I absolutely love growing lemon verbena plants! It has a very strong lemon scent which is much more intense than that of other herbs. Inhaling transports you to a lemon grove in the Mediterranean where you feel uplifted, refreshed and awake.
Lemon verbena is a type of aromatic shrub that is part of the genus Aloysia, which contains more than 30 species. All of the species in this genus are native to North and South America. The botanical name for this plant has changed over the past two centuries since it was brought to England. The lemon scent of Verbena citriodora gives it the alternative name Verveine citronelle in France. This Spanish researcher determined that this plant belonged to the genus Aloysia because its fruit separates into two nutlets, as opposed to the four nutlets that result from fruits of Verbena species. The plant was previously known as A. citriodora but was moved to the genus Lippia in the early nineteenth century. The genus Lippia is named for Lippi, an Italian botanist. Lemon verbena has been reassigned to the genus Aloysia as A. triphylla. The species name is based on the plant’s leaves, which grow in whorls of three. The whorls on some plants consist of four leaves instead of the usual three. This occurs occasionally, and may happen on all the stems of a plant, or just on certain ones.
Loose, well-drained soil that is rich in organic matter is the best type of soil for lemon verbena to grow in. However, of the two characteristics, drainage is more important. Lemon verbena does not do well in either clay soils or very acidic soils. The best remedies seem to be a lot of sand and a little lime, respectively. If the roots of lemon verbena are constantly wet, it will rot.
Lemon verbena can manage with a variety of watering schedules as long as the drainage is good. If you’re unsure how much water your plant needs, it’s better to err on the side of giving it less rather than more. The best way to determine how much water your plant needs is to keep an eye on it and get to know its watering needs over time. If you live in a colder climate than Zone 9, you should stop watering your lemon verbena plant a few weeks before freezing weather is expected. This will allow the plant to harden off and prevent the roots from freezing. The plant doesn’t need much water when it’s dormant, whether it’s kept inside or outside.
Fertilize lemon verbena as you would any other herb plant: as often as every two weeks indoors or every four weeks in the garden when the plant is growing vigorously, less during periods of slower growth and not at all during dormancy. Some gardeners question whether it is the fertilizer or just the water that stimulates growth in spring after winter dormancy.
Lemon verbena grows best in full sun in northern regions, and even does better when reflected off a white fence or greenhouse wall. It thrives better near the equator in its native latitude where there is at least some shade during part of the day.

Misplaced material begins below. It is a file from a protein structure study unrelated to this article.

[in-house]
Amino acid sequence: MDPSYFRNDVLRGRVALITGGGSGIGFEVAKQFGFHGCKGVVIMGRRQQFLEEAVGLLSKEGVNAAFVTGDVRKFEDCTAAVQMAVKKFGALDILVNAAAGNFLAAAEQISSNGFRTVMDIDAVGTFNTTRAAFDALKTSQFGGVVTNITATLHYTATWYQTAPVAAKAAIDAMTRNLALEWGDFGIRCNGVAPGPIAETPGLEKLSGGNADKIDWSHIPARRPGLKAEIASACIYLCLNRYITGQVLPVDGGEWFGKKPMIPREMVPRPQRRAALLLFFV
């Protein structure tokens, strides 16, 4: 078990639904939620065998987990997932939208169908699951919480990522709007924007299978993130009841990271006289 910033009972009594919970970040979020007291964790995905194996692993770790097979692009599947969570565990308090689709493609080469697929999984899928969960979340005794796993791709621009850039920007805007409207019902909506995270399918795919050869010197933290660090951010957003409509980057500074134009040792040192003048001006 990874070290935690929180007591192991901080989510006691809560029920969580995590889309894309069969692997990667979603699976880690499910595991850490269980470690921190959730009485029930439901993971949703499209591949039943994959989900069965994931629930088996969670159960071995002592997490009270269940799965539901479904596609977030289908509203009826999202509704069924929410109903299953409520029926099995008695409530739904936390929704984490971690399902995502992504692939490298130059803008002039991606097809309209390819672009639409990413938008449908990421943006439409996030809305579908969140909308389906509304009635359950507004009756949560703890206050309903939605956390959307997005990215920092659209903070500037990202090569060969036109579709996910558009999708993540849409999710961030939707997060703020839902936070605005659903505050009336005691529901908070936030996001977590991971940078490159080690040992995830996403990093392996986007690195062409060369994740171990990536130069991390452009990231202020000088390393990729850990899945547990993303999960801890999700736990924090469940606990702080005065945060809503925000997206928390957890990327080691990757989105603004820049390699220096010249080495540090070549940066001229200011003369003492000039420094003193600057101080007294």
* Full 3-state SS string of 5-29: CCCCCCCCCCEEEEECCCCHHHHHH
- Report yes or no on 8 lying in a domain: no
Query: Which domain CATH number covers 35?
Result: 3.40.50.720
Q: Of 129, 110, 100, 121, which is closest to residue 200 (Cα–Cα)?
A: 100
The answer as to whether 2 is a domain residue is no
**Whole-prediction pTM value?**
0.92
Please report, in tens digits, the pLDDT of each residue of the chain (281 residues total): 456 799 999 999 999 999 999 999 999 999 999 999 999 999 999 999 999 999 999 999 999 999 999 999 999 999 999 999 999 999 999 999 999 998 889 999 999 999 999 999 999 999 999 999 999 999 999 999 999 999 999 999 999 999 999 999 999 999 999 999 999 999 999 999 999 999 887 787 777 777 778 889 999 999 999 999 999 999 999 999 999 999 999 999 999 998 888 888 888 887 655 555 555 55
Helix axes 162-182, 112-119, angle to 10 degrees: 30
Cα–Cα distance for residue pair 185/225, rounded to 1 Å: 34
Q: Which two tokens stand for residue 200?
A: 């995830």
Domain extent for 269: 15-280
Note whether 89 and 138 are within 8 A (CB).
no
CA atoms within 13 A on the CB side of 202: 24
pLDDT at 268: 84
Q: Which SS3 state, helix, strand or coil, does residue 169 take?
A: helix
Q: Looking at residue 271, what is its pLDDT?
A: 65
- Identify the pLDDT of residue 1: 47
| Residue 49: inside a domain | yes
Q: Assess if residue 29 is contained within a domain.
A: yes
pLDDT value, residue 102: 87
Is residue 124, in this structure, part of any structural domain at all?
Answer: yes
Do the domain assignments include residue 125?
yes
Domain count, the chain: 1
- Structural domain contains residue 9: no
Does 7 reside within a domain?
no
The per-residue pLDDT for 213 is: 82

Lemon verbena flowers and sets two-seeded fruit best in southern zones where the growing season is long, or in more northern zones under lights. Although the length of the growing season is a factor in whether a lemon verbena plant will produce flowers, other aspects such as stem length also play a role. Gardeners who regularly prune their lemon verbena plants heavily are less likely to see flowers. The flowers are small, numerous, and white to pale purple. They are clustered along the last few inches of the main stem and on short stems in the leaf axils.
Pruning herbs encourages new growth at various points along the stem. For lemon verbena, new growth mainly occurs at the whorl of leaves immediately below the cut. This habit of frequent, severe pruning gives the topiary gardener quite a bit of control over the plant, but it also means that the plant will become leggy and will need to produce more foliage.
Planting Lemon Verbena
Lemon verbena can be difficult to propagate, so it is best for new home gardeners to start with a well-established shop-bought plant. Plant lemon verbena outside after you are sure that there will be no more frosts and only warm weather. Pick a location for your lemon verbena that gets a lot of sun and has soil that won’t let the plant dry out. The plant can be sensitive to changes in temperature, so try to find a spot that is sheltered from any drafts.
Lemon verbena can survive outside in cold climates if it is in a full sun location and is protected from frost with a deep winter mulch of woodchip, bark, or straw. If you don’t want to plant your lemon verbena in soil, you can put it in a container with loam-based compost. Containers can then be brought inside over winter. Short of indoor space? You should use large heavy pots that will provide some insulation, and move your containers to a sheltered area during the winter months.
Make sure the planting hole or container you use for lemon verbena is big enough to accommodate the root ball. Put the plant in the hole so that the bottom of the stem is the same depth as it was in the pot. If stems are planted too deep, they may rot.
Think about the climate you live in and how you want to use the plant when it comes to spacing. Lemon verbena prefers hot climates and can grow up to 8ft by 8ft. Regularly harvested plants should be spaced 12 inches to 30 inches apart and kept in shape with regular trimming. Growing lemon verbena in a container will cause the plant to be shorter, only growing to be 2-3 feet tall.
Moisture-Retentive Soil is often Recommended
Gardeners often grow lemon verbena in pots so that it can be moved indoors or outdoors depending on the weather. The advantage of this is that you don’t have to replant every year and the plant experiences less trauma, however the soil inside a pot heats up and cools down much faster than ground soil, so the plant can still go through some stress. Choose a large pot so the roots have plenty of space to grow, and so soil temperature won’t be affected too much by short-term changes in air temperature. Decreasing the effect can be done my burying the pot in the garden during the plant’s outdoor sojourn. The negative aspect of this strategy is that the roots could grow out of the drainage holes and be damaged when the plant is removed from the pot in early fall. Root breakage can significantly slow down growth and will probably cause leaves to fall off. Trimming the plants back a bit may help them to adjust to the loss of roots.